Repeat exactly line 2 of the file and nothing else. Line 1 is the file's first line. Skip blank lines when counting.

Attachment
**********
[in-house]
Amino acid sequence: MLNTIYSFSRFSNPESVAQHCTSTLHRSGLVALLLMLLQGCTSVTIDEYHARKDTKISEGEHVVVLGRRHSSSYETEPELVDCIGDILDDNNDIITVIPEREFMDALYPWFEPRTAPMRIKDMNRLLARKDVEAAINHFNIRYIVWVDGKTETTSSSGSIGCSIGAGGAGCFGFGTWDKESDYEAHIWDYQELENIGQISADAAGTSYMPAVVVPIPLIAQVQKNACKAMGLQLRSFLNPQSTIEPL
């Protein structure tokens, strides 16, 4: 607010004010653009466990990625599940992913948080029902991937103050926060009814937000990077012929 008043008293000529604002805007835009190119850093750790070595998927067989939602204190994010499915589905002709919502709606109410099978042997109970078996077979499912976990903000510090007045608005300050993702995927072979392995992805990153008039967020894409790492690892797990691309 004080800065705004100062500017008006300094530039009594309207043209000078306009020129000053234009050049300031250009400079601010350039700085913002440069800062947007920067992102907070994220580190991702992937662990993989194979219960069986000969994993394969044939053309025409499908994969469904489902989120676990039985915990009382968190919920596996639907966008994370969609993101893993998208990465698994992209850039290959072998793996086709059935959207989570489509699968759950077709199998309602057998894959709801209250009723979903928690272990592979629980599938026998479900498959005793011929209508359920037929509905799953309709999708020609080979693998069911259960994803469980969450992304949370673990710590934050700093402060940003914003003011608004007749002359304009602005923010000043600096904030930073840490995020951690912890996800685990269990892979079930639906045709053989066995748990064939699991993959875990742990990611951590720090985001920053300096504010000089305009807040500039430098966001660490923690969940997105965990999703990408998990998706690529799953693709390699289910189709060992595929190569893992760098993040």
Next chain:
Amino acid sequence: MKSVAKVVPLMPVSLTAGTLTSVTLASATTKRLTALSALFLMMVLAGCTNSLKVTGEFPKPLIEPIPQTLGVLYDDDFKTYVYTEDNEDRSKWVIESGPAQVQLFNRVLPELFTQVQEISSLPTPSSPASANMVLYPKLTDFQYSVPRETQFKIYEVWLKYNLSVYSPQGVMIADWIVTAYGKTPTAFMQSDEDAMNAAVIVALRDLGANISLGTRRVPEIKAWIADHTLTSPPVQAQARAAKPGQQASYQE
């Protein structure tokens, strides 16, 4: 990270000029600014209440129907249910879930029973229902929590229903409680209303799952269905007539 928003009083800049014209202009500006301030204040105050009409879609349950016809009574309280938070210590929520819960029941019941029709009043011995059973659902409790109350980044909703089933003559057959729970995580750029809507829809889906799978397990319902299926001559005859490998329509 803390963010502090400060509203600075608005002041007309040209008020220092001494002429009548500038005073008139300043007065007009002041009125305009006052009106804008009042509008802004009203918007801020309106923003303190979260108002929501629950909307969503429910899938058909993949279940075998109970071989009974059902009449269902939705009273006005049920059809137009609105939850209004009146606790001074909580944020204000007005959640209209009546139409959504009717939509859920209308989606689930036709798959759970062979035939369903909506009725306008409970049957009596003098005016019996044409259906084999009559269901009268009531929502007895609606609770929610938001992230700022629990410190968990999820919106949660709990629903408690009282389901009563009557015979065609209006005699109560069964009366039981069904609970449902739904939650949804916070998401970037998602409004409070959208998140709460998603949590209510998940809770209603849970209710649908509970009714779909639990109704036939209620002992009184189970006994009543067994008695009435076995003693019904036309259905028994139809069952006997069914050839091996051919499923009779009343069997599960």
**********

Amino acid sequence: MLNTIYSFSRFSNPESVAQHCTSTLHRSGLVALLLMLLQGCTSVTIDEYHARKDTKISEGEHVVVLGRRHSSSYETEPELVDCIGDILDDNNDIITVIPEREFMDALYPWFEPRTAPMRIKDMNRLLARKDVEAAINHFNIRYIVWVDGKTETTSSSGSIGCSIGAGGAGCFGFGTWDKESDYEAHIWDYQELENIGQISADAAGTSYMPAVVVPIPLIAQVQKNACKAMGLQLRSFLNPQSTIEPL